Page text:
I've been pondering this since your last post too and thanks for this too, it is a pot that needs to be stirred! I've decided that it's the wedges that I don't like rather than electrics in general. I bought an IBM Selectric earlier this year and was sad not to be able to get it going. I think they look fabulous (in a bloated ice-cream van sort of way), as do plenty of other electrics, Praxis 48, Hermes Ambassador etc. However all these had their own distinct styling and identity I think wedges, even in the distant future, will still be regarded the same way as today's Windows laptops will be. That is to say cool and vintage, yes, but also ubiquitous and less interesting than older typewriters or newer cooler looking things like iMacs or Powerbooks.

Unknown said...

I have a Hungarian-made Hermes 44 in red which looks nice. The mechanics looks to be a fine one (however, it's a plastic one). Unfortunately I can't remove the cover which makes impossible to clean the machine.

Dwayne F. said...

Good luck getting the 101 running. This collection of advertising is great!

Many 1970s designs looked generic and utilitarian. The advertising, if ignoring blatant sexism, is far more interesting.

shordzi said...

What a nice elephant ride! And valuable details on the Hermes 700 line. These you don't see so often, even in Switzerland.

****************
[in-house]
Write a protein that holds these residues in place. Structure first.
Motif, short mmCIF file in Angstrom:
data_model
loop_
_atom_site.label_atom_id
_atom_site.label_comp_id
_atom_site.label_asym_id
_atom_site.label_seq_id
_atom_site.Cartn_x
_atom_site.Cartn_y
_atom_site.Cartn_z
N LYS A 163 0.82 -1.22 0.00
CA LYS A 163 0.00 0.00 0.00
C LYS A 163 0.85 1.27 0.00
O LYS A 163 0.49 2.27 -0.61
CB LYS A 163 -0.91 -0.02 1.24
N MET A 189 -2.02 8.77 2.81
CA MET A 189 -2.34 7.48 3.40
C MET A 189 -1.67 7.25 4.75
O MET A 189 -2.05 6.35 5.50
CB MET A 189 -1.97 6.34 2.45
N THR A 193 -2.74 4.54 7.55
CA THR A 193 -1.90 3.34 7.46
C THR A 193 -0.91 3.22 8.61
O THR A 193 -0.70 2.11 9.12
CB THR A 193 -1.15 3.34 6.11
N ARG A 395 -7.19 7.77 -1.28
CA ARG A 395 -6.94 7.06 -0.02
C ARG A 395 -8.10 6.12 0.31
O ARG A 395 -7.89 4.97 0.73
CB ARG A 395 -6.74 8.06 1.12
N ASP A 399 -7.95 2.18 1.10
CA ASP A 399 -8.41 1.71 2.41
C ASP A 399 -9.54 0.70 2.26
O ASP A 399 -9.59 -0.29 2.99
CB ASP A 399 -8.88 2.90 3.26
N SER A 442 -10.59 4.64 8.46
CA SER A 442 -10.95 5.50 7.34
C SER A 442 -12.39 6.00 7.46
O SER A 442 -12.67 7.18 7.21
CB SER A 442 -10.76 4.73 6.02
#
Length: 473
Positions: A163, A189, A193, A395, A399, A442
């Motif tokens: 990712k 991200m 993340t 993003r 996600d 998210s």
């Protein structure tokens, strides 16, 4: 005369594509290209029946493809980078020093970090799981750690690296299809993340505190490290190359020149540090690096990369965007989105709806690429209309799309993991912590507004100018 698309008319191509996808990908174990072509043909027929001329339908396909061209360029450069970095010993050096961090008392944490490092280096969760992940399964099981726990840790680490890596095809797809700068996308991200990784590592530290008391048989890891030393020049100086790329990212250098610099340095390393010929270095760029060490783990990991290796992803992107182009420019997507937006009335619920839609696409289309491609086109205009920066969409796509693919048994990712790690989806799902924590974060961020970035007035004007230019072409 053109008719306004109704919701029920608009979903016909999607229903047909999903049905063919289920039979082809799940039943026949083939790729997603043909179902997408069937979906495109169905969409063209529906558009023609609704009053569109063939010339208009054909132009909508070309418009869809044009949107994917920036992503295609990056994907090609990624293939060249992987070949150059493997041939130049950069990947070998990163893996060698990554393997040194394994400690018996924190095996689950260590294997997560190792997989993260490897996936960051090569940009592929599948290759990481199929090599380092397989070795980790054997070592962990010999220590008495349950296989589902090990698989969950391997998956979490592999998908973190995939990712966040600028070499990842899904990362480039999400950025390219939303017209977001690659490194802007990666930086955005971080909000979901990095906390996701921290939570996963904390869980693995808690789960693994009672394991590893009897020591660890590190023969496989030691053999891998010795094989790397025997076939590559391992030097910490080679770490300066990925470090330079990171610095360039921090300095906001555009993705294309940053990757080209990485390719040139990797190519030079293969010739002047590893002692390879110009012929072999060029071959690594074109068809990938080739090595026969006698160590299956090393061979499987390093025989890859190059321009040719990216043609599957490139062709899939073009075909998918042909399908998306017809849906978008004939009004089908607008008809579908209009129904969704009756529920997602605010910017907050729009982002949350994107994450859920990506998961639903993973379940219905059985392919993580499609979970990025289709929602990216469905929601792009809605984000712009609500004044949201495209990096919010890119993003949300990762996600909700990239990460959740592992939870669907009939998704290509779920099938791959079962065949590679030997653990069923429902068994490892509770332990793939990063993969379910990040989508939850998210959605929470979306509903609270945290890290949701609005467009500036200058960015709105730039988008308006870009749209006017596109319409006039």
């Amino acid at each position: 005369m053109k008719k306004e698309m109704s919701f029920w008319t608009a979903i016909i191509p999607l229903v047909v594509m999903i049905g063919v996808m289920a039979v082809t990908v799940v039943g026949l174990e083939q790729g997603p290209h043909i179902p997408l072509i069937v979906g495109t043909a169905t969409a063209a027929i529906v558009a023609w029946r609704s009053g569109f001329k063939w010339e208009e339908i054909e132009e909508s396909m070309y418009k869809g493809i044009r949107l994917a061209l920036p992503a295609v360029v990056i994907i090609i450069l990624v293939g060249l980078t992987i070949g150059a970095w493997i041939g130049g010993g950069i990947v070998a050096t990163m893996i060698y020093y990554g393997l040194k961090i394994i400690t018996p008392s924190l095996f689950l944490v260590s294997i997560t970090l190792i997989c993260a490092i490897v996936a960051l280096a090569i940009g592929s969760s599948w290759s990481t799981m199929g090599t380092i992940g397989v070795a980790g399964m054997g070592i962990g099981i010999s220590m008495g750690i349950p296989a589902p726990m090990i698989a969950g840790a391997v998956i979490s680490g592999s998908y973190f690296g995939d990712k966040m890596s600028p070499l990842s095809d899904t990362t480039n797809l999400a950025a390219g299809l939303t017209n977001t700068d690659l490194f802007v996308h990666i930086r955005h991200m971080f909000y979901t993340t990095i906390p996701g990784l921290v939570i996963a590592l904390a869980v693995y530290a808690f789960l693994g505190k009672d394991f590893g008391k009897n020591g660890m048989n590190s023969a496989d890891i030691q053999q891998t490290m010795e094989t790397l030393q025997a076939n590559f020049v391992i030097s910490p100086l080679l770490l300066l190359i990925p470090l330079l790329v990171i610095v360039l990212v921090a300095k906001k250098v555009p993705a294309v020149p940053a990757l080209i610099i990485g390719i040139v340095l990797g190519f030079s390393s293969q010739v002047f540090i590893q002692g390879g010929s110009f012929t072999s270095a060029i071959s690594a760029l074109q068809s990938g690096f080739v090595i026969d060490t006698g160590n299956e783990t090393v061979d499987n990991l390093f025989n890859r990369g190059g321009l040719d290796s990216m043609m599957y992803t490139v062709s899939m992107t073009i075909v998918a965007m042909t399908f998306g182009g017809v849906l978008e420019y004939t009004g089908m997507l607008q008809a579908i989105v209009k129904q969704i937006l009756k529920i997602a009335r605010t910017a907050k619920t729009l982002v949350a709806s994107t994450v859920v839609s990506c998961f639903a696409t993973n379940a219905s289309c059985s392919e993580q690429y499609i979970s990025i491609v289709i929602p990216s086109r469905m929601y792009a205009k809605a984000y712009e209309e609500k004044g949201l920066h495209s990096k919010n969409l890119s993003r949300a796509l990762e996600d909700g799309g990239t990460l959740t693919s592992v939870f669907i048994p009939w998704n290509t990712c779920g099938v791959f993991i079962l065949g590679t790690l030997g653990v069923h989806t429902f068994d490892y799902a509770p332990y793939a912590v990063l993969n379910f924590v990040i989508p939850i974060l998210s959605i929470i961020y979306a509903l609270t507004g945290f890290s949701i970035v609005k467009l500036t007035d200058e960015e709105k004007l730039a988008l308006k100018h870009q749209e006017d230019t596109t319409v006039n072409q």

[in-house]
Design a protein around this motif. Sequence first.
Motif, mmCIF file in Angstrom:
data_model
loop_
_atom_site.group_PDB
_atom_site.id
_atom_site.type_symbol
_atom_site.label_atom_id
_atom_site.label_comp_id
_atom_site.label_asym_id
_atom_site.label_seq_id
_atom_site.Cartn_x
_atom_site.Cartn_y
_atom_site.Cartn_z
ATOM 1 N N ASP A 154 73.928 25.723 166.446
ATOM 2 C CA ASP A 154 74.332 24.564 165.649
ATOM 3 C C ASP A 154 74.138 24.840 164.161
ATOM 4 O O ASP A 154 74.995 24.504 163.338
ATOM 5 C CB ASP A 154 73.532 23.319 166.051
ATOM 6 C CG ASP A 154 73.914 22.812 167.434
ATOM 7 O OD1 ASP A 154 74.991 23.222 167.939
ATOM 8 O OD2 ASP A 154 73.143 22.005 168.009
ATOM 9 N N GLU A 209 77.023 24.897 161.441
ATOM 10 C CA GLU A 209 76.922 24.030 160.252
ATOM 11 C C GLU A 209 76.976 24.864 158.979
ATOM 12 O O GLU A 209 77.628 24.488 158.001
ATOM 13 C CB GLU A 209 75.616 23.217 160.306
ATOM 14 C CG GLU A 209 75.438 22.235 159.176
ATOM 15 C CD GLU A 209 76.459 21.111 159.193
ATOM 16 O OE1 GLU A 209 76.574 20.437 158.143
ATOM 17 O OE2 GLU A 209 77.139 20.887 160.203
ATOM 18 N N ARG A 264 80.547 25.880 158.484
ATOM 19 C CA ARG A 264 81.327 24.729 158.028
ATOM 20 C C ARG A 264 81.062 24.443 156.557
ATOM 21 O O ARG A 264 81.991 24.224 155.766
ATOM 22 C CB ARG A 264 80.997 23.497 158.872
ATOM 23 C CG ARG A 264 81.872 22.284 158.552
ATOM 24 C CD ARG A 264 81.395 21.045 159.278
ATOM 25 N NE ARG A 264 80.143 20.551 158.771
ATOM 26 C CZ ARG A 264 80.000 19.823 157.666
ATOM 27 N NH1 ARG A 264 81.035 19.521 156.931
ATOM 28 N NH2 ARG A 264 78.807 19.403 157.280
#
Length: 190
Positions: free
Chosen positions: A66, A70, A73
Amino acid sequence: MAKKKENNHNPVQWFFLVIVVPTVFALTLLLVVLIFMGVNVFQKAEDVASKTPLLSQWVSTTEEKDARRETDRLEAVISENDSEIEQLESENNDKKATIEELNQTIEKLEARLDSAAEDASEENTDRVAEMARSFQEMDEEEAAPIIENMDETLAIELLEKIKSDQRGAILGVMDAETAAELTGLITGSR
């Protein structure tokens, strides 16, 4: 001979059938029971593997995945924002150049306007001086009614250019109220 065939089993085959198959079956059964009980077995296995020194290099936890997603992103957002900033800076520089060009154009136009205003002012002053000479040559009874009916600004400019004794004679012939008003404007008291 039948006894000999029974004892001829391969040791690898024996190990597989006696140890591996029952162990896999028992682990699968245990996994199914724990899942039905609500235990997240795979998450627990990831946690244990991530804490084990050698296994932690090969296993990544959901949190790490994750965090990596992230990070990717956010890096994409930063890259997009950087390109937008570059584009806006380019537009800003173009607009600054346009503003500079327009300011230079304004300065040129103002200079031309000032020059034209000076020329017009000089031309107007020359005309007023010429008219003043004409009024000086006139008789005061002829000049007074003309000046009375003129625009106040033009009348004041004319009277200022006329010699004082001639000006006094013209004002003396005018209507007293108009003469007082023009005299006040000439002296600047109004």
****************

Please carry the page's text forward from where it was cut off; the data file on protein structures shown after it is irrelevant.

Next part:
I hope you will get your machine up and going, you will not be disappointed. For those not digging electric typewriters, I recommend to listen to the sound of a Mercedes Elektra (just in case you don't have your Blick electric at hand).

Robert Messenger said...

Thank you Tony, Ted, John, Steve, Szabolcs, Dwayne and Georg for your very interesting range of comments.
Georg, do you want these Hermes brochures? Do you want me to post them to you?

Unknown said...

I used to be a typewriter mechanic back in the mid 70's well remember repairing the Hermes range and worked on Ambassador and the 808, the 808 was the stuff nightmares were made of, a thing called the cycle clutch was always wearing out and was a long job to replace. still the Hermes machines were my favourite great memories seing this site.

quadibloc said...

Personally, I wish that IBM had made an electronic typewriter that could use both Selectric Composer elements and 88-character typewriter elements, including the elements for the Mag Card Executive.

Unfortunately, certain other extensions that I would also like would be impractical, as the characters in some of the typestyles for the typebar Executive typewriter were too wide to fit on a Selectric element.